Novela is an ideal title for an album with so much narrative appeal. All sorts of stories are told through the music on this unusual retrospective, which consists of songs written by saxophonist Tony Malaby for trios and quartets over the past decade and newly arranged for nonet by pianist Kris Davis. With its richly developed themes and wide stylistic reach, this is an album to curl up with.
Like the weather in Chicago (whose schools of free jazz provide their share of edgy inspiration), the temperature of Novela can change in a flash. The warm crosscurrents of “Mother’s Love” give way to chilly swells and agitated lines from Joachim Badenhorst’s bass clarinet, and then to a haunted symphonic closing. “Floating Head,” a work of both interchangeable parts and independent gears keyed to Dan Peck’s animated time-marking tuba, shifts from Greek tragedy to circus music to West Side Story. “Warblepeck” is Kurt Weill filtered through Henry Threadgill’s Very Very Circus.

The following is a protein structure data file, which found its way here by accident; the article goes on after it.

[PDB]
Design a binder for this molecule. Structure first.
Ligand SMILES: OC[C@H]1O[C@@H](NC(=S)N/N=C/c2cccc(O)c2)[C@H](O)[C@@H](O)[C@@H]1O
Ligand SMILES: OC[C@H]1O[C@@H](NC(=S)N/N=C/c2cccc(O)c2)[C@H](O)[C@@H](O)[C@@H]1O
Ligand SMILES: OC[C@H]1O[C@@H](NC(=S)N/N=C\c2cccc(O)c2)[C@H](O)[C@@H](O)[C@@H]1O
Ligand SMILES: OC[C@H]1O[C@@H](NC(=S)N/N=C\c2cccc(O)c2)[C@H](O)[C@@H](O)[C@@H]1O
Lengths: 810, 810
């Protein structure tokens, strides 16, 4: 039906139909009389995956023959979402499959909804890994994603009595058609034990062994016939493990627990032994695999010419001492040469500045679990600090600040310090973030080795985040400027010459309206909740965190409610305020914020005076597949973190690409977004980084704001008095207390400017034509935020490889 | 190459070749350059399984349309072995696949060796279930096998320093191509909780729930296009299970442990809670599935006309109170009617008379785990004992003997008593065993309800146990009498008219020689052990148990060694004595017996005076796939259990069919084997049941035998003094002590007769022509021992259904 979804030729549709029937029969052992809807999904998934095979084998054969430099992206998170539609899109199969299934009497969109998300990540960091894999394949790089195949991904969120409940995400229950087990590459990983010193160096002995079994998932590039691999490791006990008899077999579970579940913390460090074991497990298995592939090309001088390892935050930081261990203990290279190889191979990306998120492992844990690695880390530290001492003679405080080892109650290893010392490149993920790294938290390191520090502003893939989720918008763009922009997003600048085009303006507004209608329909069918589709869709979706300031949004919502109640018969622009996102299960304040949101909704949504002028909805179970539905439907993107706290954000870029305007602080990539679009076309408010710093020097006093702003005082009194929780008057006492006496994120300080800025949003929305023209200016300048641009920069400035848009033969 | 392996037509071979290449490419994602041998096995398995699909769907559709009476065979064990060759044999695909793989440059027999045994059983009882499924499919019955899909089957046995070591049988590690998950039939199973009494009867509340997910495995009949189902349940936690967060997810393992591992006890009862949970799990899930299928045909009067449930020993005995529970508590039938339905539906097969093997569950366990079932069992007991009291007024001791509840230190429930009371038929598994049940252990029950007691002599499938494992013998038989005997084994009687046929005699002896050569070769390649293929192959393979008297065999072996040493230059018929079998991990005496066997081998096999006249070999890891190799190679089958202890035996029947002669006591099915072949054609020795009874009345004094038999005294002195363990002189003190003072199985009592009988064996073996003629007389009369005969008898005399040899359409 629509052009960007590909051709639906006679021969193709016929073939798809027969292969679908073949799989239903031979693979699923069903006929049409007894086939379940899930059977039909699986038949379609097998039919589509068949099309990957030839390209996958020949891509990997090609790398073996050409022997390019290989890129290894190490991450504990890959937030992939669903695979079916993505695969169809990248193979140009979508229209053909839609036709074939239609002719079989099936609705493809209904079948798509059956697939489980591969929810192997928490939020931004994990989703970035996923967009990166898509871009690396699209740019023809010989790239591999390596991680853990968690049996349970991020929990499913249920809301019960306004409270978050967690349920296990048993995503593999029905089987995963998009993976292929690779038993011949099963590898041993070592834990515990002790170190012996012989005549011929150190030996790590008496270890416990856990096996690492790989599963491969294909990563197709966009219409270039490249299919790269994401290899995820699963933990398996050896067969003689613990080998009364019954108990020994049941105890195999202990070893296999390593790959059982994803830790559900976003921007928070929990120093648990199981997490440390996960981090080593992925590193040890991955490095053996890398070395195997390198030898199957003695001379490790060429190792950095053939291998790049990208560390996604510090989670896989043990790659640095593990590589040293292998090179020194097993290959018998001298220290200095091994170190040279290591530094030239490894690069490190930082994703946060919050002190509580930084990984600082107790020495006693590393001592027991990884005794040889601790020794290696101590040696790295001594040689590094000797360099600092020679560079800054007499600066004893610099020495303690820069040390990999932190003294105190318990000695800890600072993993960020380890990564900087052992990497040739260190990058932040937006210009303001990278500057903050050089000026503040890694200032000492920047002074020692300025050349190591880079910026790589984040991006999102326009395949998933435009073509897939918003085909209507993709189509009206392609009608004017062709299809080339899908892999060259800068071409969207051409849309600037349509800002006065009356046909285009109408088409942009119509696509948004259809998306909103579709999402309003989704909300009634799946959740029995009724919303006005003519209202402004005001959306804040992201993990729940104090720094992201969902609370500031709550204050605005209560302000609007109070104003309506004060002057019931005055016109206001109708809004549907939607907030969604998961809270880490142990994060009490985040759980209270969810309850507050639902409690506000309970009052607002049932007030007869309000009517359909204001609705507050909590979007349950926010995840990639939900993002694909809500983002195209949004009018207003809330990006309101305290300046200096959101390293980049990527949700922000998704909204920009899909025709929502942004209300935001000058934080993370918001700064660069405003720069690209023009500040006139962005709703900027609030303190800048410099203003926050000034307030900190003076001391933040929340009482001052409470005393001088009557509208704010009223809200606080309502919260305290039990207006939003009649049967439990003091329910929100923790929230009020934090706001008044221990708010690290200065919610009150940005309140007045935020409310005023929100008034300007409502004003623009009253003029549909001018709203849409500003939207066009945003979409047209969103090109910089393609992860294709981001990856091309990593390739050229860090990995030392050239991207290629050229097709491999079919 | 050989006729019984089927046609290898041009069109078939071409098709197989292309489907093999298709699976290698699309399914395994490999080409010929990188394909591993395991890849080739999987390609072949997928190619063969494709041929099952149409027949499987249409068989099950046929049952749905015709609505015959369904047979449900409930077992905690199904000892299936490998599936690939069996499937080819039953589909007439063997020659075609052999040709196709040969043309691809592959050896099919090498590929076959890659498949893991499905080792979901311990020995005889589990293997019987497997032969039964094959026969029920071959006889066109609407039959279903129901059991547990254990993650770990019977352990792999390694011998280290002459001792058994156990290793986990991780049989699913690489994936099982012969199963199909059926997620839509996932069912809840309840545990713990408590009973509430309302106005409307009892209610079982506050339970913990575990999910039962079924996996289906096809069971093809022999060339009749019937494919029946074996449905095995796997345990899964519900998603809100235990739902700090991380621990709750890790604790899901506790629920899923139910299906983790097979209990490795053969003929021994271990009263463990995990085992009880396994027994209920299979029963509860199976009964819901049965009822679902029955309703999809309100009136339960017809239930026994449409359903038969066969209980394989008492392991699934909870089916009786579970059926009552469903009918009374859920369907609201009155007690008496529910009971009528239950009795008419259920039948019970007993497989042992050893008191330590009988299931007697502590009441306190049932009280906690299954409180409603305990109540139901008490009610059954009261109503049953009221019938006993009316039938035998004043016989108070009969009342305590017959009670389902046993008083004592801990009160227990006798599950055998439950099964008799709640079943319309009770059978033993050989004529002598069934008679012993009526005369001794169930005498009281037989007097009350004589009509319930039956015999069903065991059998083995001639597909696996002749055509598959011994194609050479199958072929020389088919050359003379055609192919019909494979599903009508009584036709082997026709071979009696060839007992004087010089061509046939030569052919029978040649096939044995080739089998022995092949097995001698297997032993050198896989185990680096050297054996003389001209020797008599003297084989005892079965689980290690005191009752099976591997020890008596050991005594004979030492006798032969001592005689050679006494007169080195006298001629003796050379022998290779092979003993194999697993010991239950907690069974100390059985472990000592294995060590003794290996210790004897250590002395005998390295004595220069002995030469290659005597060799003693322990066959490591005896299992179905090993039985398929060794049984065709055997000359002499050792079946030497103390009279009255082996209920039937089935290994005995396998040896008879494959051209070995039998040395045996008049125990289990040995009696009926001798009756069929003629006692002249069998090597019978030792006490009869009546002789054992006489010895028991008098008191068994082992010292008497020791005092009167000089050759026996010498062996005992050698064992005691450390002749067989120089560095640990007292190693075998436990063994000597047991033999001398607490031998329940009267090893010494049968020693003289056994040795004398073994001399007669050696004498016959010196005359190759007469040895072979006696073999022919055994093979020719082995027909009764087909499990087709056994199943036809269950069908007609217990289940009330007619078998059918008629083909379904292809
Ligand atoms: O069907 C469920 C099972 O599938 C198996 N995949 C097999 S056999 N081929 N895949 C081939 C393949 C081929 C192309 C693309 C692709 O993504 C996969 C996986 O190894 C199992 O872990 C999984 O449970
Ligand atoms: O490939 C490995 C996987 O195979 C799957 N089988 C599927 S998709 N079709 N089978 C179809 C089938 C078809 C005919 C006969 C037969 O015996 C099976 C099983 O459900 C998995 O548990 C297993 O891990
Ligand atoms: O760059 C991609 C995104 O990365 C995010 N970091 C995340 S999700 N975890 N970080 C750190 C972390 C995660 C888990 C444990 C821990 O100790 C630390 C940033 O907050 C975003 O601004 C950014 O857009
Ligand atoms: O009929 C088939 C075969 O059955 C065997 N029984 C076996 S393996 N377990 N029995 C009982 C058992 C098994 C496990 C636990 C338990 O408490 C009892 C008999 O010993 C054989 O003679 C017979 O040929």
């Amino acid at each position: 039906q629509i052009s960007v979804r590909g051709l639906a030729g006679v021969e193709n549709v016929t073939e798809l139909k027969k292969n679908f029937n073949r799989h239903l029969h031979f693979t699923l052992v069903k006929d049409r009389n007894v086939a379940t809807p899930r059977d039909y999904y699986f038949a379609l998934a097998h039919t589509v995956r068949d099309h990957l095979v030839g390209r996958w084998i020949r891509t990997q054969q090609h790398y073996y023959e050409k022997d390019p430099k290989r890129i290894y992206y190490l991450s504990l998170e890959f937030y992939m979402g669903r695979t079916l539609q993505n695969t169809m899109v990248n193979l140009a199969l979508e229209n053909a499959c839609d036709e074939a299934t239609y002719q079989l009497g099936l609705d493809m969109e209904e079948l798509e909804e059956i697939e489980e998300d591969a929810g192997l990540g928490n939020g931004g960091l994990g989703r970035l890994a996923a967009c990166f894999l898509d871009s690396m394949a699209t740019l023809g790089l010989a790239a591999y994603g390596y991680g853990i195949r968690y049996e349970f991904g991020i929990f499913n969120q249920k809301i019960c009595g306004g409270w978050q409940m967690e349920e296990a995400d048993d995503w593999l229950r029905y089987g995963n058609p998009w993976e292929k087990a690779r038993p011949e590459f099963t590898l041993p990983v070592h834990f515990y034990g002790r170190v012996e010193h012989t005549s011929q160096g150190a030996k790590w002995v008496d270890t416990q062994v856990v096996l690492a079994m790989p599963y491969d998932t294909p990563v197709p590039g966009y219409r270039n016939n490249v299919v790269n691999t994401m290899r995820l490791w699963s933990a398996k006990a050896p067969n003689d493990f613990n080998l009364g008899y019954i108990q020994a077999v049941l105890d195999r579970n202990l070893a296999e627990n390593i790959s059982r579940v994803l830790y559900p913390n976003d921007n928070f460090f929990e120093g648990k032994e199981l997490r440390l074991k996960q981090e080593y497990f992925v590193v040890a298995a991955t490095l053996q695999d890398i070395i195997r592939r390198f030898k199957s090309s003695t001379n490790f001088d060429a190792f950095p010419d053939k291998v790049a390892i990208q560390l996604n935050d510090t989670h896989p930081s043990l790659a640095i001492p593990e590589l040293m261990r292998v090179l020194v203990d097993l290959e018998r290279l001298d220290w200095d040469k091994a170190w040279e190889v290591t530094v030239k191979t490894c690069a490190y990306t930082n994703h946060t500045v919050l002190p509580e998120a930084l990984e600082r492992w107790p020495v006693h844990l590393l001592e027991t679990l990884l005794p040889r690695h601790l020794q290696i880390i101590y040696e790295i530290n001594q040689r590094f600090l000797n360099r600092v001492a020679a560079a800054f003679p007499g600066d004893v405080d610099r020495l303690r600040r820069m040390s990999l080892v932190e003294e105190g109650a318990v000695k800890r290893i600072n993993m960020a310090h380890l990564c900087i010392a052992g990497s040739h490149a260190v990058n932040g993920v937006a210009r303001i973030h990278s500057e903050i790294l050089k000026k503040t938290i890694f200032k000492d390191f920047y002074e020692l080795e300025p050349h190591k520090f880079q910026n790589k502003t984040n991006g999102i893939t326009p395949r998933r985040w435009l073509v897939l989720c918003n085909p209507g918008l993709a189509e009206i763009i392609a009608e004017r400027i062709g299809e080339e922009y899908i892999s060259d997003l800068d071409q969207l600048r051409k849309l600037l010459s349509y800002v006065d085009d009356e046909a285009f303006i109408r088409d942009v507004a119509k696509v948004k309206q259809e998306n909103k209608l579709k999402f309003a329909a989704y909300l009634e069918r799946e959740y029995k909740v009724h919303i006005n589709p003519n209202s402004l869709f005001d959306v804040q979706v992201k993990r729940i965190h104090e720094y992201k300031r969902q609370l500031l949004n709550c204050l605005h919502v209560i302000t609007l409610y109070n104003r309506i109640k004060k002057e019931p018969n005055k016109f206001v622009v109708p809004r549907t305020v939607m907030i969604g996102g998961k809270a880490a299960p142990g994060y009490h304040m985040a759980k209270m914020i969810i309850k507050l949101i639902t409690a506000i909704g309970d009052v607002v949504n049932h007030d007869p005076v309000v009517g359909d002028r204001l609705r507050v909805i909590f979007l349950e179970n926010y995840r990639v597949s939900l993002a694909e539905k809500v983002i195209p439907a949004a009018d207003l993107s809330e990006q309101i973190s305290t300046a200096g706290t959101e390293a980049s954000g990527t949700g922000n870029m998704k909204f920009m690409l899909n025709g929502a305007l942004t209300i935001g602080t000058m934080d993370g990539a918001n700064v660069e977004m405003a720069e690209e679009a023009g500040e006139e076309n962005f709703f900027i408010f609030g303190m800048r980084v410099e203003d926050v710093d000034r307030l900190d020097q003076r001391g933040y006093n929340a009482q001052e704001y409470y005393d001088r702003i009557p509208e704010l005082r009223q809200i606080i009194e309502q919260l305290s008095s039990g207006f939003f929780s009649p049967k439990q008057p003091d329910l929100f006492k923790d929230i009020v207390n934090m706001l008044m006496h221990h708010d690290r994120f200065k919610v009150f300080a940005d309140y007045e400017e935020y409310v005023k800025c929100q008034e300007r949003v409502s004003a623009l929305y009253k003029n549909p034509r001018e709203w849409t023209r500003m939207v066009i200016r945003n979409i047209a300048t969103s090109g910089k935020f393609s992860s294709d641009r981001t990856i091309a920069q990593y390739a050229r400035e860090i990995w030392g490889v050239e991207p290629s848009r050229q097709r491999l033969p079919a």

Davis, who mostly stays in the background on piano, creates neat pockets of space for improvising—Malaby on tenor, Ralph Alessi on trumpet and Michael Attias on alto saxophone make the strongest statements. (The group also includes baritone saxophonist Andrew Hadro, trombonist Ben Gerstein and drummer John Hollenbeck, mostly holding nothing back.) And on tunes like “Remolino,” with its sharp thrusts and impressionistic streaks, there’s a sense of group improvisation as well. But the bold, unified voice of the ensemble speaks loudest, making Novela a page-turner you’ll want to revisit many times.